Raúl Espinoza is Bahia's delegado—mayor—and he had taken time off from his duties to drive me in his dusty truck to visit a family of fishermen. "Since the bay and much of the coast are already protected, many restrictions already exist." A purposeful figure in a polo shirt, Espinoza headed the ejido in 1993 and oversaw the successful division of more than a million acres among 86 members, without major rancor.
      "We set an example for the rest of the country." And Bahía de Los Angeles had a common view of what this fragile shore should look like, he adds. When representatives from Fonatur and other government agencies came to Bahía to talk about large-scale development, "they saw that we oppose it. The harbor here is too shallow for a big marina, for one thing. I don't think Escalera Naútica will happen."
      We got out in front of a house whose rocky yard overlooked the bay. Three pangas parked out front were piled with nets. Two men sitting on the porch, Fermín Smith and his grown son, Eduardo, were said to be descended from a British sailor who made his way up the coast from Peru in the late 18th century, and they had blue-green eyes to prove it. Both men were fishermen. On occasion they caught octopus and squid, still plentiful, although no one went fishing every day, not anymore.
       The Smiths had adapted to the decline of the fishery here, as their counterparts had elsewhere, by taking out sightseers. But the Smiths also had a rudimentary camp out of sight behind Pescador Island, called La única: beds, hammocks, and meals for adventurous guests interested in close-in nature and the absence of amenities—a true Baja experience. A developer tried to buy the land from the Smiths to build a resort, and Fermín, acting on the advice of environmentalists in Mexico and the U.S., applied for a conservation easement on a portion of the property. It was granted, a first in Baja and maybe, says Espinoza, in all of Mexico.
        I asked Fermín why he gave up outsize profits on a proverbial beach in paradise. A man of few words, he fixed his turquoise gaze on Pescador, and said simply, "The place is very beautiful."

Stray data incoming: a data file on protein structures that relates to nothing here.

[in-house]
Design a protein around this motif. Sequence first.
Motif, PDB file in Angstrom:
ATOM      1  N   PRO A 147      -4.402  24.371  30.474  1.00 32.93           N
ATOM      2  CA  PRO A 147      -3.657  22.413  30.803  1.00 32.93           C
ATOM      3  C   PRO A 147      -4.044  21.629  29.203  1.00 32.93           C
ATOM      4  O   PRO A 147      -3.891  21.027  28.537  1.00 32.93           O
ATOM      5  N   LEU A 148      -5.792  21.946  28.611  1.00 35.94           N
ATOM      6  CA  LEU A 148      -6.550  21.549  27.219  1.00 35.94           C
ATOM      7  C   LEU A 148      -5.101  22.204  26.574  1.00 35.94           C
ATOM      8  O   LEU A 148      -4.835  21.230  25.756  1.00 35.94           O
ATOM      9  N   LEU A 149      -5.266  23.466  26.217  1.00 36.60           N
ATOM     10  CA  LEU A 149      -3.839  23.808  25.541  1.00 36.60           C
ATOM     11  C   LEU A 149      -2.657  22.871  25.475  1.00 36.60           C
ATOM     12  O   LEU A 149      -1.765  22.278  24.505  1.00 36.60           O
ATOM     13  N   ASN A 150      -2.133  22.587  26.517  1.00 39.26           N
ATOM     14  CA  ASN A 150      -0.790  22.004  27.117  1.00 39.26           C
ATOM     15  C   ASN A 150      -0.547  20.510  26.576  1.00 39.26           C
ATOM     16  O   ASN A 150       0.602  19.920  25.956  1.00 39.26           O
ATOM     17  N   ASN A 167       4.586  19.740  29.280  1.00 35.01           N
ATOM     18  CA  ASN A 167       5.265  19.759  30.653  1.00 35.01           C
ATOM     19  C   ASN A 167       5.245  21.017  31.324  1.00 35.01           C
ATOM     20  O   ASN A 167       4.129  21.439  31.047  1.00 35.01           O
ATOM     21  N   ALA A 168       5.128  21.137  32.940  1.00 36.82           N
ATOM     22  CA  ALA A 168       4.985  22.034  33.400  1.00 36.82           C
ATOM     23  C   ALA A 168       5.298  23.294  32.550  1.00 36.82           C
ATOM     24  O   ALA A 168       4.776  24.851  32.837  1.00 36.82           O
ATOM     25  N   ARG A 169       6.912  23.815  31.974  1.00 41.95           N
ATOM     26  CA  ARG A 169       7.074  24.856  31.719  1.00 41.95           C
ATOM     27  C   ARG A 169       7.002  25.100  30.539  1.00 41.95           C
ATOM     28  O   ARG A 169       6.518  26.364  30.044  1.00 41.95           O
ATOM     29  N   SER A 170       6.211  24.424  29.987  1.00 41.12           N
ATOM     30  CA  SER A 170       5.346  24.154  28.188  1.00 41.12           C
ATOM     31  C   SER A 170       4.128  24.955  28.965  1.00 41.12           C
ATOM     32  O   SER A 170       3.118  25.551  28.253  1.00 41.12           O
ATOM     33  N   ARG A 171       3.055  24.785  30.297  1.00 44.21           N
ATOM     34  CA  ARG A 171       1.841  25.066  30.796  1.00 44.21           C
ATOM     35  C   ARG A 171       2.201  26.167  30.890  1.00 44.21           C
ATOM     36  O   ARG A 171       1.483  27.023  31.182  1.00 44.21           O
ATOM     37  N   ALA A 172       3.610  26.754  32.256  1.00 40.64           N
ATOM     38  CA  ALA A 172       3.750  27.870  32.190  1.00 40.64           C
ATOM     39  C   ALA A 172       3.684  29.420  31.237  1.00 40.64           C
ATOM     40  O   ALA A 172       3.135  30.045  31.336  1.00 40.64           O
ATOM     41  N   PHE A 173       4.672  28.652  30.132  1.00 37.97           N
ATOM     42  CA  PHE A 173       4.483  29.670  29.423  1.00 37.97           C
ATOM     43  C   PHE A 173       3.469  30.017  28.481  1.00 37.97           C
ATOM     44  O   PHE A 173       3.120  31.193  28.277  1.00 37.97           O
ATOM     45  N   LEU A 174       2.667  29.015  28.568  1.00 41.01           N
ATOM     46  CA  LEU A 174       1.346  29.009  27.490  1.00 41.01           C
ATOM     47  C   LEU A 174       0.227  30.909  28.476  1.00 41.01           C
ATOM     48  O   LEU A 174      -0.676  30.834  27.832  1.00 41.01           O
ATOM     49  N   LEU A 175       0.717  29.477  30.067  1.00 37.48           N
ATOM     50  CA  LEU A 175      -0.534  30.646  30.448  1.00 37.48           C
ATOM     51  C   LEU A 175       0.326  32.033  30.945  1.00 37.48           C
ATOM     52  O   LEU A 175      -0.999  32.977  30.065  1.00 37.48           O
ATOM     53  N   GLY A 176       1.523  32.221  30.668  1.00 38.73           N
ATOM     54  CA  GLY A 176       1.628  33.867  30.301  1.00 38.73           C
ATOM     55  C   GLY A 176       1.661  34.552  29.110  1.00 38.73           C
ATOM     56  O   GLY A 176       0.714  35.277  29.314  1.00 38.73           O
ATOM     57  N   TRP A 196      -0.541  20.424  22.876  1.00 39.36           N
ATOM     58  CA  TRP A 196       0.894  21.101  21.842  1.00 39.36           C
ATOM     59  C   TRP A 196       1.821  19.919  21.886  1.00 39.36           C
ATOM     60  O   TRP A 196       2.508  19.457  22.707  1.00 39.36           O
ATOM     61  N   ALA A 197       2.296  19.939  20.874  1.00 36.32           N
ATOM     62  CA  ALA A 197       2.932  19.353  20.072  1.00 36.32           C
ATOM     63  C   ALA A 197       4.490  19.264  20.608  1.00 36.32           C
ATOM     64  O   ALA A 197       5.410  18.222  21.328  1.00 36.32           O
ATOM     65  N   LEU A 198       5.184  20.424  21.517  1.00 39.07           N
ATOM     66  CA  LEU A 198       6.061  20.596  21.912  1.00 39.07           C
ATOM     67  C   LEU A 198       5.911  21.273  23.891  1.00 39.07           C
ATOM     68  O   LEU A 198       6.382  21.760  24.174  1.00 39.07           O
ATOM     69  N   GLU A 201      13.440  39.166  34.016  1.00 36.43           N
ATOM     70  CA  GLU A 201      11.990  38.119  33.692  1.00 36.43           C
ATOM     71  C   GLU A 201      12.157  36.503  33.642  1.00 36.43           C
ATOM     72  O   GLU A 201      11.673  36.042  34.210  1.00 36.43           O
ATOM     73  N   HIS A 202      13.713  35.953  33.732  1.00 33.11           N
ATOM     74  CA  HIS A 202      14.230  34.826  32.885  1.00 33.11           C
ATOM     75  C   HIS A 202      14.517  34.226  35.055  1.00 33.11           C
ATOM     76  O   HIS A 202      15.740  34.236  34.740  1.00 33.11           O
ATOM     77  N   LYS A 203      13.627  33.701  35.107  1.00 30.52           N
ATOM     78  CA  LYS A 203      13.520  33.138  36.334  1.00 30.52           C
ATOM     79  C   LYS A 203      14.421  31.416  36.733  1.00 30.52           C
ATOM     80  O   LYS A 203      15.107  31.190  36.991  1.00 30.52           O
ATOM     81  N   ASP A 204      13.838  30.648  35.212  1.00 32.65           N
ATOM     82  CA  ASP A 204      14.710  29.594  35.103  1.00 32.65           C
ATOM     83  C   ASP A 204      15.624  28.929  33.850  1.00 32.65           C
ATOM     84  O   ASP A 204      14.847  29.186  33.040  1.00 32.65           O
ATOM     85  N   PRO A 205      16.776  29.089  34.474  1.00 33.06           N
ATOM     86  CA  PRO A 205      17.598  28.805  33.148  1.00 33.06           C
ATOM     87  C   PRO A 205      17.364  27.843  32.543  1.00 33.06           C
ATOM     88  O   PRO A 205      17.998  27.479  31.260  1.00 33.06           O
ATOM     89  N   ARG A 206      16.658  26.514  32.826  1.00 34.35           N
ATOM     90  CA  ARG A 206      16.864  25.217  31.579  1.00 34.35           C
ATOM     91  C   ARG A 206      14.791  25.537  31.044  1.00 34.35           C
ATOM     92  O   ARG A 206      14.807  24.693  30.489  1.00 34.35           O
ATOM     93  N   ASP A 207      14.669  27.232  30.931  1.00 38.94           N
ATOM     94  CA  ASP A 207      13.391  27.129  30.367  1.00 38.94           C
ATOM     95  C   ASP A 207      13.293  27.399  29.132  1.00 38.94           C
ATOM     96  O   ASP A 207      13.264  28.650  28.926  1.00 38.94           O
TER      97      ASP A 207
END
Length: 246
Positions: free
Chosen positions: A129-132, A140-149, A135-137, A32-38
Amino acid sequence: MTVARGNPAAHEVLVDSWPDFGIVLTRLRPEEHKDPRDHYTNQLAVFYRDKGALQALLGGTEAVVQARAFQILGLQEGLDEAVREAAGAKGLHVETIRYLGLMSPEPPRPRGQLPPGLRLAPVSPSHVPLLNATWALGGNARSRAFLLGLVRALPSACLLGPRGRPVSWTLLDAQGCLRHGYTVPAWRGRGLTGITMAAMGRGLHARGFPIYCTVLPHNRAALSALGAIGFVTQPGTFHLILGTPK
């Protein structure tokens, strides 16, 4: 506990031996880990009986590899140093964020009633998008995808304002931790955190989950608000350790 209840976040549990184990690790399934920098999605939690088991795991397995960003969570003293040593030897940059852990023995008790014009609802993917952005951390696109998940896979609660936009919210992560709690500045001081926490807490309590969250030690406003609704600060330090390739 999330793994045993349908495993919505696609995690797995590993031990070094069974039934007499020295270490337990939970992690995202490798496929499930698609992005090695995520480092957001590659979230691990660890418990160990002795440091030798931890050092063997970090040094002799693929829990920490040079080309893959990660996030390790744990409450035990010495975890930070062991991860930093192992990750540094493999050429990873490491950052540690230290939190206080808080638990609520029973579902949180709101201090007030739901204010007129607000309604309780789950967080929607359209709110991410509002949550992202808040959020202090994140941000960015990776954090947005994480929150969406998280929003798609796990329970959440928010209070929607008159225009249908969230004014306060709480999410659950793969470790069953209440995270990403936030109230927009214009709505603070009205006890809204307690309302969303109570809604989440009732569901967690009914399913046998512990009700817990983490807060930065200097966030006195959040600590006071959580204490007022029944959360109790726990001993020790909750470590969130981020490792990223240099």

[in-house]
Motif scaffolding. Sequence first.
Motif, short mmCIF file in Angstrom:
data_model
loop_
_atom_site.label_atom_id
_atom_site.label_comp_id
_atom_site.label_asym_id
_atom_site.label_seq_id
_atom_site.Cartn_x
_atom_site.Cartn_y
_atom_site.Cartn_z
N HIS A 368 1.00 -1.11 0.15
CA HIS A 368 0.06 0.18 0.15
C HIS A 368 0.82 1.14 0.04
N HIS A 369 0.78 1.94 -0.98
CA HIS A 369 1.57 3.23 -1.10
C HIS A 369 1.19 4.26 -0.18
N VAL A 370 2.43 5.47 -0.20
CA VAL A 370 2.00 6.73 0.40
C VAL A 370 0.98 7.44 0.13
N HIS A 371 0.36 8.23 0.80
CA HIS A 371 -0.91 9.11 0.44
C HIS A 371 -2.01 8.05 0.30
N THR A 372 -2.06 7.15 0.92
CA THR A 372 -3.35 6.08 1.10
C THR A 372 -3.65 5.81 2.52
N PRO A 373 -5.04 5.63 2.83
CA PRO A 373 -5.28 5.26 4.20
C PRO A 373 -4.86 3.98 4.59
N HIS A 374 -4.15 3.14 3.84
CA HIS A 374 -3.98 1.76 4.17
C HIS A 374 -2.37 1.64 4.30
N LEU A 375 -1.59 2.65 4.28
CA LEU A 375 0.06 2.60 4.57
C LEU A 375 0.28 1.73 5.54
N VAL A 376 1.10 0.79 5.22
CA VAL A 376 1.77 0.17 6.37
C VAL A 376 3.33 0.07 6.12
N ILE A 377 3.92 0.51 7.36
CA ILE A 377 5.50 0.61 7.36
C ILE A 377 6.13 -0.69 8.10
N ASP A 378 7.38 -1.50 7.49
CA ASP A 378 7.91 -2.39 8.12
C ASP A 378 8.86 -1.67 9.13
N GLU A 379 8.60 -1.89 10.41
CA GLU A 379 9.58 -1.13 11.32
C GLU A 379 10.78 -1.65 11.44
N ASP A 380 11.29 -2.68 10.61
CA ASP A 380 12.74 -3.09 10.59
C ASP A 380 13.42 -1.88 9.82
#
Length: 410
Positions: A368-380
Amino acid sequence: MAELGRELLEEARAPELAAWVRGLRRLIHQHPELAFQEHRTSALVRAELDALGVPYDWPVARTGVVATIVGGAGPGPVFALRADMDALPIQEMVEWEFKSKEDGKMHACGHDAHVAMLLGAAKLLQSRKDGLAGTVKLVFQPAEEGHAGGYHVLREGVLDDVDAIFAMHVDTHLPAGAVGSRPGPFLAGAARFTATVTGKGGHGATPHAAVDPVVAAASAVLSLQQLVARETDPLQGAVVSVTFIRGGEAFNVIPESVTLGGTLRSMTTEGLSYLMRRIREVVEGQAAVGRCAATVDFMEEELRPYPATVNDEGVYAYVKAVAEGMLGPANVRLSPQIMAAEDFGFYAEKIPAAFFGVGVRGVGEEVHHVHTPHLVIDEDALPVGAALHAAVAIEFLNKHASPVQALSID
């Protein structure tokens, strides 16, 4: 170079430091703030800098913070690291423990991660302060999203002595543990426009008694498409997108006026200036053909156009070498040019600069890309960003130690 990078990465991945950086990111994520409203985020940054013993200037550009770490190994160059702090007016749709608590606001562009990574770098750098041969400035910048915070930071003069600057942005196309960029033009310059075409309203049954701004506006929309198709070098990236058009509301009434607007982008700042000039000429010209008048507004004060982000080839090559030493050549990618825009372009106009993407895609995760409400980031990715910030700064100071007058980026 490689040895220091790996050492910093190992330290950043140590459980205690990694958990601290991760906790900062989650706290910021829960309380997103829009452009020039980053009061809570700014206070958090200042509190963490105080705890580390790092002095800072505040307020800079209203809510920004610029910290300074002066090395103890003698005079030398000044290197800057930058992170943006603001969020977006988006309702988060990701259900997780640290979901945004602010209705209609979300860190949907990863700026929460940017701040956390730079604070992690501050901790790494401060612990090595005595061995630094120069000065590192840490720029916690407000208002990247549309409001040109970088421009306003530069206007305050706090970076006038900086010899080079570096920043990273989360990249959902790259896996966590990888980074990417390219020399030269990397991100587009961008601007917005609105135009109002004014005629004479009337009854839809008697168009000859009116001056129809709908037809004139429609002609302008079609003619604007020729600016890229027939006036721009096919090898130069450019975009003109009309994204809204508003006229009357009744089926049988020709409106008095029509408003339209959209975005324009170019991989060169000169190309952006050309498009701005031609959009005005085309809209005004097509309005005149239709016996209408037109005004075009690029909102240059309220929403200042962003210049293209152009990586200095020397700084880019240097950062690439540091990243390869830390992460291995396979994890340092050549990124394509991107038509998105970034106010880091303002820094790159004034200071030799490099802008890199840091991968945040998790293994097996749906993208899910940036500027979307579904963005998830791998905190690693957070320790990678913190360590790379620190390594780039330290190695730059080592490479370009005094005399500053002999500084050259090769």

The closest thing I found to a high-end, sustainable resort was about 12 miles south of Loreto Bay, was called Danzante, after one of the islands visible offshore: nine little rooms with a view, a common patio and rustic, round dining room of wood and stone, windows from floor to palapa roof with 180 degrees of visual access to Baja's extraordinary geologic and biologic treasures. The surrounding cacti, yucca, and other flora, and the broad expanse of mesquite-dense coastal dunes below, supported many of Baja's 200 species of birds, among them the ubiquitous hooded oriole. The mountains behind offered hiking, the few kayaks on the unpopulated beach a means of exploring other unpopulated beaches and guano-streaked rocks offshore.
      Guests got three good but simple meals, interesting conversation, and some solitude, while those wanting golf, a spa, "Zen" water features, and electronic nightlife went elsewhere. That was just fine with the owners, Lauren and Michael Farley. They took great care in creating what seemed to me a kind of third order of tourist destination, the first order being the low-end, high density chaos of a Cabo, the second the high-end, sealed off, resource-intensive leisure of a Loreto Bay.
      By contrast, Danzante's bathrooms were serviced by wheezing pumps, drinking water came in big plastic bottles, and battery-free flashlights required shaking to work. Local women and men had worked for years on this rocky perch, with its zero landscaping and one tiny swimming pool without an infinity edge. The night was heavy with mere stars. "We're about unplugging," Lauren says to me. "No phones, computers, television. Just this."
      Which should be enough for anyone, I thought. But Danzante has since been bought by a developer and transformed beyond recognition.